ISSN (Print) - 0012-9976 | ISSN (Online) - 2349-8846

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Examining the Draft National Education Policy, 2019

This paper on the draft National Education Policy 2019, examines its timeframe and the possible implications of its implementation in terms of the overlapping categories of gender, caste, and class identities. It also focuses briefly on issues of language and the way in which historical precedents are invoked. This is followed by a discussion on the wide-ranging changes envisaged in higher education. I suggest that the document needs far greater scrutiny than it has received so far, and that a hasty implementation will have grave consequences, diluting if not reversing the serious and painstaking attempts that have been made to democratise the contexts, and contents of education for decades.

How is Multilingual Freelance Journalism Transforming the Media Landscape in India?

Changes in the technological landscape and the political economy of news media have opened up new spaces for freelance journalism, particularly in multilingual spaces. Freelance journalists occupy a precarious position due to their place within neo-liberal logics, but at the same time, are less beholden to many of the political, social, and commercial pressures constraining reporting and editing in big media houses. Biographical sketches of three Chennai-based freelancers demonstrate different possibilities of engaging as a freelancer across languages.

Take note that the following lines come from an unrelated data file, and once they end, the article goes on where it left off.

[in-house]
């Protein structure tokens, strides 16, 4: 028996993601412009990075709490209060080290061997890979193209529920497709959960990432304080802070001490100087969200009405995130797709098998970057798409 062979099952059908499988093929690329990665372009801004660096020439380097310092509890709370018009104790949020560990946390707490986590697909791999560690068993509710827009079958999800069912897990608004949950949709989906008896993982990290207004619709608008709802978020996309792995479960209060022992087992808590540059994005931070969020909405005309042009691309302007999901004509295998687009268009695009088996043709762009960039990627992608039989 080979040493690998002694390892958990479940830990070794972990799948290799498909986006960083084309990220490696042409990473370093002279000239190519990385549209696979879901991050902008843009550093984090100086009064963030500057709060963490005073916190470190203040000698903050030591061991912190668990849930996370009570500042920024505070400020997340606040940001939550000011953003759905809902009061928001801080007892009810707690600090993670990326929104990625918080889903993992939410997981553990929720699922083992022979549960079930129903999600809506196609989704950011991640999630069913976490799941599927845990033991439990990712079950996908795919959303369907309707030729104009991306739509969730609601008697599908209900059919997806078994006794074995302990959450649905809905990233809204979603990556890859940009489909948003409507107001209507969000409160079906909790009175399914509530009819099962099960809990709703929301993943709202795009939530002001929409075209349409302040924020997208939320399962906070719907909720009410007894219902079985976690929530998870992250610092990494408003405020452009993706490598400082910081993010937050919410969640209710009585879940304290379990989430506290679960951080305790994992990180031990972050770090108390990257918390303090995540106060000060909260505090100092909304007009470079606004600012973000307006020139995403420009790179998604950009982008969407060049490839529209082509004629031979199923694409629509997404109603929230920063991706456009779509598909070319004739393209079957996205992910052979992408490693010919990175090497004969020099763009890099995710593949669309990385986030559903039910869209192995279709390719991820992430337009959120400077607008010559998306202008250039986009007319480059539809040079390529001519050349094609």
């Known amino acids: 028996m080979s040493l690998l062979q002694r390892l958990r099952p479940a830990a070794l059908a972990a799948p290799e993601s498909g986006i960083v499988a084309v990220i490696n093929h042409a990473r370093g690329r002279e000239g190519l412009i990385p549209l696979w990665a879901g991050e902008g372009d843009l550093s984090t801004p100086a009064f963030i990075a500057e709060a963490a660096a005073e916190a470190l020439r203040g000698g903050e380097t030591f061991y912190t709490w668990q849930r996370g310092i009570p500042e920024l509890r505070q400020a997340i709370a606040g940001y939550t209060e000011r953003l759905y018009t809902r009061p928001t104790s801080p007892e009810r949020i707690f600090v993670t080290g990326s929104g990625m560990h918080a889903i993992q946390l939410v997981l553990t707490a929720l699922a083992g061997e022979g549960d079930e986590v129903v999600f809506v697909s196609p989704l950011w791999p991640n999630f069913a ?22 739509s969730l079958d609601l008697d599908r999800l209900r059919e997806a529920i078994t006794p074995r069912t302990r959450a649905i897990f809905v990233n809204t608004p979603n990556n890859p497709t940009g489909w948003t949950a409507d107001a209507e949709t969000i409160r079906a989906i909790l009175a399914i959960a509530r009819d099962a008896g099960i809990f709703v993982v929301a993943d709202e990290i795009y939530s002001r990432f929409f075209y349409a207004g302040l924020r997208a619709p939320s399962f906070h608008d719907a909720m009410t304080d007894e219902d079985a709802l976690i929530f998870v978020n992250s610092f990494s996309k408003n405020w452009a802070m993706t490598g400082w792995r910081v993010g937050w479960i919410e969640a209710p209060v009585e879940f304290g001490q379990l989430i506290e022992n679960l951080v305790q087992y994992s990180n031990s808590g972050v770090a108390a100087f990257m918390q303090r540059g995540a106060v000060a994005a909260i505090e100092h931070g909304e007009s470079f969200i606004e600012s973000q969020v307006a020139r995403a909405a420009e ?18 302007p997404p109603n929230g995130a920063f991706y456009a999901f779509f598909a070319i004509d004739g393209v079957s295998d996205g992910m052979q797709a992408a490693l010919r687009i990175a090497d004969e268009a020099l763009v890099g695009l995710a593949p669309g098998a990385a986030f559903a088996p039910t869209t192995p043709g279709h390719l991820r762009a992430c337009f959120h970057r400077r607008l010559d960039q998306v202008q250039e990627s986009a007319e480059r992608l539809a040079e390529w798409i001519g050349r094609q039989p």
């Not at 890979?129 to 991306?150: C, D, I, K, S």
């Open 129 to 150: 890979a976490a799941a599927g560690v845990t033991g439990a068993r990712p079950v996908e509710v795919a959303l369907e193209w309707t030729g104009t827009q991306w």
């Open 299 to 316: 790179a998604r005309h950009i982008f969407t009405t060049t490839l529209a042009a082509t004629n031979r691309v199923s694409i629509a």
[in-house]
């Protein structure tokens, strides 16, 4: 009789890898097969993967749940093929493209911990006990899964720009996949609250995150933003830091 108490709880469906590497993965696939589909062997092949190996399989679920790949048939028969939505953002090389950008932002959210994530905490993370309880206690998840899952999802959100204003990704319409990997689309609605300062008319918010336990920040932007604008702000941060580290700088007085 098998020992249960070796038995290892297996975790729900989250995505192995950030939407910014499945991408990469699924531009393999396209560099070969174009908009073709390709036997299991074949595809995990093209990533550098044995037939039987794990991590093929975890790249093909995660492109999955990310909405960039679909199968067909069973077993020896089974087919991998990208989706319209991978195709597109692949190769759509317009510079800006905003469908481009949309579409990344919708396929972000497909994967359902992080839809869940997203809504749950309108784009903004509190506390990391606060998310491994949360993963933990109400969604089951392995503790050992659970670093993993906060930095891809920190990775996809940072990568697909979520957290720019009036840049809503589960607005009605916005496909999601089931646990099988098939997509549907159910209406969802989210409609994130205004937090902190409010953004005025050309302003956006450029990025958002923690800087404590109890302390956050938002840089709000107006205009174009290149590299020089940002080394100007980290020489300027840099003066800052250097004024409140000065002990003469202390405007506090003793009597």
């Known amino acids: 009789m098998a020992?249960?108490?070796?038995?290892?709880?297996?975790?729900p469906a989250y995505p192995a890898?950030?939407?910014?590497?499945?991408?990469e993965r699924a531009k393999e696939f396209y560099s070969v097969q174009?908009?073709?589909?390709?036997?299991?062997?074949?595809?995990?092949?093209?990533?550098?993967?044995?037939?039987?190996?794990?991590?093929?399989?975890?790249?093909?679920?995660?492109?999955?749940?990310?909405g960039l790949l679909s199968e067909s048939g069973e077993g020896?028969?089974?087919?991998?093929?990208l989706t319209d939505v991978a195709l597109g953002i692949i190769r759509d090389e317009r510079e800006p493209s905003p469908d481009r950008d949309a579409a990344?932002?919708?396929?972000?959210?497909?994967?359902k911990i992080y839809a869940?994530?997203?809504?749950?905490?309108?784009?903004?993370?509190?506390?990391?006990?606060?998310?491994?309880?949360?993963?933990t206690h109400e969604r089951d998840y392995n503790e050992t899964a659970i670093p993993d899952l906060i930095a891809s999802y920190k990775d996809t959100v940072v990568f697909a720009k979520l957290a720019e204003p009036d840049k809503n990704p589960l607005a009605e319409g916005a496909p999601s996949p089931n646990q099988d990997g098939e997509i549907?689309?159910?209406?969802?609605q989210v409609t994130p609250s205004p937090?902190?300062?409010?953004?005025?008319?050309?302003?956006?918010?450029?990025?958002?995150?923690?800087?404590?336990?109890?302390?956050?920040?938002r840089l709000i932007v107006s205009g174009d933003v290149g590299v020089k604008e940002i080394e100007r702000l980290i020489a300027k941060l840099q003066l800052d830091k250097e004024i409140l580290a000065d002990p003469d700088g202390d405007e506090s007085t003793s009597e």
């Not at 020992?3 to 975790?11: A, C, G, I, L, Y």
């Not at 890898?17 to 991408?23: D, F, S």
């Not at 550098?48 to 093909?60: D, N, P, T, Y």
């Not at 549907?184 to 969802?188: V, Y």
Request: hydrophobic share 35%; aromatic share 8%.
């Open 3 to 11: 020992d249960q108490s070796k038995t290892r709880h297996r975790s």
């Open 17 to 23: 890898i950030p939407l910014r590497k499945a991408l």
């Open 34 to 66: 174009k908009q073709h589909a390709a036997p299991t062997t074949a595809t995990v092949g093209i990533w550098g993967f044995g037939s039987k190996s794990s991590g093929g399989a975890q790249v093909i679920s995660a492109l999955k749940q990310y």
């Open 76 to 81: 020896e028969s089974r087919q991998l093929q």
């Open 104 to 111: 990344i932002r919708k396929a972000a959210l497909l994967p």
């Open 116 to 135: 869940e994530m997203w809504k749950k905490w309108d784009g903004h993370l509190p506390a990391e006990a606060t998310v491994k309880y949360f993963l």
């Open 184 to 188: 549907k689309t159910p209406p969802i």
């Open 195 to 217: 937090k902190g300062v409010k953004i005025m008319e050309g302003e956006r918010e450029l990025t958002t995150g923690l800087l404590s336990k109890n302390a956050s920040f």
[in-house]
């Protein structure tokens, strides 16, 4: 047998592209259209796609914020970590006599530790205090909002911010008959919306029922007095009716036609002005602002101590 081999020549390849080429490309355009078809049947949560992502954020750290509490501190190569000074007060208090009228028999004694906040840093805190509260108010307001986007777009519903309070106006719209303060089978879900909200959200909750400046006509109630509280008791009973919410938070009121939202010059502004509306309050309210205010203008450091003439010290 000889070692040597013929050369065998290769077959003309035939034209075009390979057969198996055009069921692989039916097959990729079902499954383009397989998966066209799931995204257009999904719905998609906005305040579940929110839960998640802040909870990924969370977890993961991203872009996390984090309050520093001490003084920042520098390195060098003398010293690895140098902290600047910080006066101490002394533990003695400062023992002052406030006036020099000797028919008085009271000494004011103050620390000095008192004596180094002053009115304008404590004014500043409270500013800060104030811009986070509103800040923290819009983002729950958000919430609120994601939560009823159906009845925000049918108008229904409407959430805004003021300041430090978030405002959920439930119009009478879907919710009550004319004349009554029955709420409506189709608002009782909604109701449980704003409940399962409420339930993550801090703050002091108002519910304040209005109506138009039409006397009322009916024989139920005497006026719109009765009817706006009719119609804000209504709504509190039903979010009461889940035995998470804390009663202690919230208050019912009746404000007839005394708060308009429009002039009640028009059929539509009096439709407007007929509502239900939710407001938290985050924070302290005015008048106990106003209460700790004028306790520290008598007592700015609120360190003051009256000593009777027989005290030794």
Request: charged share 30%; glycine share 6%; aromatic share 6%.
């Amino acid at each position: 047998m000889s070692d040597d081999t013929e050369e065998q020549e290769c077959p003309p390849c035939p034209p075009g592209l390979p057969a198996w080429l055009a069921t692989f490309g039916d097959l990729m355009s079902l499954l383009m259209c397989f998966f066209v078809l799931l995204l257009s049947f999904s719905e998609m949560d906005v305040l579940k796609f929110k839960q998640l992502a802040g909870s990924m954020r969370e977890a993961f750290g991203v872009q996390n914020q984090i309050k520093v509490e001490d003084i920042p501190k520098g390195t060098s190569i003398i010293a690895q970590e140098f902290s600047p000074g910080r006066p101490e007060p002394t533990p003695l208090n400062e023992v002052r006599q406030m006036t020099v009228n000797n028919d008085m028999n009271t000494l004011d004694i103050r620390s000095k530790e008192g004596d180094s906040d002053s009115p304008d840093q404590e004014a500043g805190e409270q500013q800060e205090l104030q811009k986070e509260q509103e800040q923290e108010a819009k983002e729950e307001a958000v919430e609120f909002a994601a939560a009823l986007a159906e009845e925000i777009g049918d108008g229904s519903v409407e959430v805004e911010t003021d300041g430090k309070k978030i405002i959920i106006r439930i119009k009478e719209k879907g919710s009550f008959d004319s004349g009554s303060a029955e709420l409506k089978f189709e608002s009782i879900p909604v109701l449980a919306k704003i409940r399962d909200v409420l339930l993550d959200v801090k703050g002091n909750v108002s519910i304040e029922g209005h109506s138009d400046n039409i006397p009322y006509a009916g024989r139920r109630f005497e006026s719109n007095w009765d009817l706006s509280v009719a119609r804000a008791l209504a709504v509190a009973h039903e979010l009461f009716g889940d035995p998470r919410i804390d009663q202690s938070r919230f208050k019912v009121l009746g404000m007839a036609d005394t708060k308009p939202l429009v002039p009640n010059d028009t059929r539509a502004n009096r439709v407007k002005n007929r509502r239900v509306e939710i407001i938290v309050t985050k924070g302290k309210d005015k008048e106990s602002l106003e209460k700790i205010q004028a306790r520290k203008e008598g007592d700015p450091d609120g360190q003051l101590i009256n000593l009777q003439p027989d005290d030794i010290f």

Breaking the Chaturvarna System of Languages

The Indian language policy is informed by a pull towards unilingual identity, inspired by the European model of nation state that is predicated on the homogeneity of its people. Language hegemony works at two tiers in India—at the state and the centre. The Constitution fails to pay more than lip service to the linguistic plurality and multilingual ethos of the peoples of India and has created a chaturvarna (four-tier order) of languages, with Sanskrit, Hindi, the scheduled, and the non-scheduled languages occupying various rungs of the ladder. English—the language of the conquerors—being outside the chaturvarna system has emancipatory potential.

Style as ‘Alternative Normativity’

Doing Style: Youth and Mass Mediation in South India by Constantine V Nakassis; Chicago: University of Chicago Press, 2016; pp 352, ₹ 1,656.

Caste in a Casteless Language?

This paper focuses on a new archive of dalit writing in English translation. The "archive" has a forced homogeneity imposed by the term "dalit", which embraces an urban middle-class dalit and a member of a scavenger caste; the homogeneity is consolidated by the fact that the translated texts are in an international language. The questions asked concern the relationship between caste and the English language, two phenomena that represent considerably antithetical signs. Dalit writers accept English as a target language, despite the fact that local realities and registers of caste are difficult to couch in a language that has no memory of caste. The discussion shows how English promises to dalit writers (as both individuals and representatives of communities) agency, articulation, recognition and justice. The paper draws attention to the multiplicity of contexts that make writing by dalits part of a literary public sphere in India, and contribute to our thinking about caste issues in the context of human rights.